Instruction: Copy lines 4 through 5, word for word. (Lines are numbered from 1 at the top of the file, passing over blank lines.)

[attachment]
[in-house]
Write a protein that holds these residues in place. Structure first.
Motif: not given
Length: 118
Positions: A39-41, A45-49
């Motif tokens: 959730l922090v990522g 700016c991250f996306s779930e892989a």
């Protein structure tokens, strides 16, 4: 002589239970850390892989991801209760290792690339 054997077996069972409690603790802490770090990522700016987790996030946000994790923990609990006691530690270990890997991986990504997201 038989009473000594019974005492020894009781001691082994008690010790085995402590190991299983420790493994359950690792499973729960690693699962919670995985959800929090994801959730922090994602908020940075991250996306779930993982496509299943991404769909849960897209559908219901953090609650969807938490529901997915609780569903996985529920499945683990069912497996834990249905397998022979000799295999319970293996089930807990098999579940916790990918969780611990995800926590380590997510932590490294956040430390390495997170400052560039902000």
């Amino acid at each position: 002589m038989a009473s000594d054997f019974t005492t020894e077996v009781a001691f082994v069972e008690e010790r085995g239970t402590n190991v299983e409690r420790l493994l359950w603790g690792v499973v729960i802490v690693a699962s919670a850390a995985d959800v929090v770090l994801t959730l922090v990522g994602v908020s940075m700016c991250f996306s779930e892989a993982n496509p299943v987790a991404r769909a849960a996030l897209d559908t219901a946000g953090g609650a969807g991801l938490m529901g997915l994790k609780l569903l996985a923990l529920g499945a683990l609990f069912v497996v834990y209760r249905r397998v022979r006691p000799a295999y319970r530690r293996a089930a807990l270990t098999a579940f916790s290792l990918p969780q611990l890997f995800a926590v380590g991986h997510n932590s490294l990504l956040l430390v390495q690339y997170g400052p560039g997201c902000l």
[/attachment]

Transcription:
Length: 118
Positions: A39-41, A45-49